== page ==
I was late for my hair appointment when the man approached. An African-American in his mid to late 50s, he wore a brown fedora and a red sweater vest beneath a charcoal jacket and matching pants. Nothing suggested he was down on his luck but his words hinted otherwise. “Mam, I am a veteran…”
My palm shot up to create a wall between the two of us as the street light turned from red to green. “I’m late for an appointment,” I said and hurried across the intersection, eager to put a distance between us.
As I turned a corner, breaking his line of sight, I breathed easier. My reaction surprised me, however. Why had I been so anxious to escape? I’m not averse to giving street people money. Why was this encounter different? Perhaps, I’d felt ambushed by a person I hadn’t expected to beg for spare change. Or, I’d grown callous after so many campaign appeals during this 2020 election. What I hungered for at that moment was the freedom to be responsible for no one but myself.
The hairdresser stood behind an empty chair, waiting for me, as I entered the establishment. I slid into the fake leather with a sigh, my body beginning to relax at the sound of scissors clicking above my head. Indifferent to the tufts of grey hair that fell soundlessly in a circle around me, I stared into the mirror expecting to see improvement. I was not disappointed.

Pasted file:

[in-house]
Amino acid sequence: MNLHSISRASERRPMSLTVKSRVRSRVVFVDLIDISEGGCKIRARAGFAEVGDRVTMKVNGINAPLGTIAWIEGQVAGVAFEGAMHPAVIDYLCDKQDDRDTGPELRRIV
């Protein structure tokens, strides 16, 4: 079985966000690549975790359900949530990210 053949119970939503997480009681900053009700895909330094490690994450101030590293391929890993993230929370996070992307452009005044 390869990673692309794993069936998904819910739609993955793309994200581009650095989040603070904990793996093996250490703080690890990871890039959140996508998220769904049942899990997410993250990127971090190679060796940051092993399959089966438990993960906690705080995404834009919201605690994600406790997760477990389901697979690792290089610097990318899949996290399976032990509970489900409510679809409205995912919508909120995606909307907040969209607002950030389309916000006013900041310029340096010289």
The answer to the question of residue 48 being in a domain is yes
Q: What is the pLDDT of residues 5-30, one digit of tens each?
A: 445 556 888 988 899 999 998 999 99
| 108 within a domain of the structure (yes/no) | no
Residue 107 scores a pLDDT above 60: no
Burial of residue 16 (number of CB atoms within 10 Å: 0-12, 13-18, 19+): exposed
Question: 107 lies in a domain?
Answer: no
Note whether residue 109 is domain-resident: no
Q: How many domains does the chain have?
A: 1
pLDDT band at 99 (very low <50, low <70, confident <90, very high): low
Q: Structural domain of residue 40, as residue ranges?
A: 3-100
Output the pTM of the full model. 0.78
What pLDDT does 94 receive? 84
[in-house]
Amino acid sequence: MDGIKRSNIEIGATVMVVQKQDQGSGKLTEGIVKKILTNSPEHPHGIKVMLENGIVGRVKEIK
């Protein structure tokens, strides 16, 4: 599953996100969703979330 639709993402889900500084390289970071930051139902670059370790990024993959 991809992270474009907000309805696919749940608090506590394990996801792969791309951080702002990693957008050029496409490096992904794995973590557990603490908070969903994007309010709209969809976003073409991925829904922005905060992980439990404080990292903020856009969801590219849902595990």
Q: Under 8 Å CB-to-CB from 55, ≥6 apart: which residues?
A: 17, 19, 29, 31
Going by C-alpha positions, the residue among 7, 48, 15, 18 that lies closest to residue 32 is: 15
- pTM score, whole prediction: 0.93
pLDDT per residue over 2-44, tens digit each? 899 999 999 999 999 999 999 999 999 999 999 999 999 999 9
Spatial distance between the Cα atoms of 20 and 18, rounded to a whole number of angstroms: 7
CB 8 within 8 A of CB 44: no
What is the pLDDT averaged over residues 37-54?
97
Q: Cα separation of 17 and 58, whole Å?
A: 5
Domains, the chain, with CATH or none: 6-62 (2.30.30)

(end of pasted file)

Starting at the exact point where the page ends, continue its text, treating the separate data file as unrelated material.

Even so, I continued to feel unsettled. My thoughts drifted to the veteran I’d abandoned at the corner of Broadway and 16th Avenue. Why had I cut him off? I could have been wrong about his intention. Maybe what he wanted were directions to a coffee shop where he’d arranged to meet a friend? Or, perhaps he was unwell. I’d never know because I’d treated him with discourtesy and hurried away.
My appointment over, I walked to the back of the shop to retrieve my coat. As I did, the man in the fedora entered the salon. Recognizing him, a chill shot up my spine. Had he followed me? All this while, had he been hovering outside, waiting for my exit?
Partially hidden by the closet door, I watched as he approached the receptionist. The exchange between them lasted less than a minute, then the man tipped his hat and left the salon, giving the door handle a gentle tug behind me.
“What did that person want,” I asked as I approached the girl to settle pay my bill.
Her eyebrows lifted in surprise. “Him? He was looking for work. Wanted to wash our window. I told him it wasn’t my decision.”
My throat constricted when I heard her and for a moment, it was difficult to breathe. A vignette played in my mind’s eye like a worn-out movie, black and white images of my conduct during the past hour. They told a story of a man who’d asked for help only to be robbed of his dignity by a stranger.
The $10 bill I’d received in change for my haircut seemed to singe my fingers. I hurried into the street and began to peer into the stores east and west like a child in search of a lost cat. But nowhere, neither in the ice cream parlor, the coffee shop nor the outlet that sold Birkenstocks, did I spy the man in the fedora. He’d vanished into the pale autumn air…
Failing to fulfill one’s self-expectation is human. Even so, each disappointment, large or small, is sharp enough to draw blood. What are we meant to do with them, these open wounds? Cover them with bandages? Or, expose the disfigurement to air?
“Forgive yourself, “a kind friend counseled when I’d shared my story. But, I prefer not to. I will keep that ache at the ready– a reminder of what to do when next I meet a stranger in a fedora.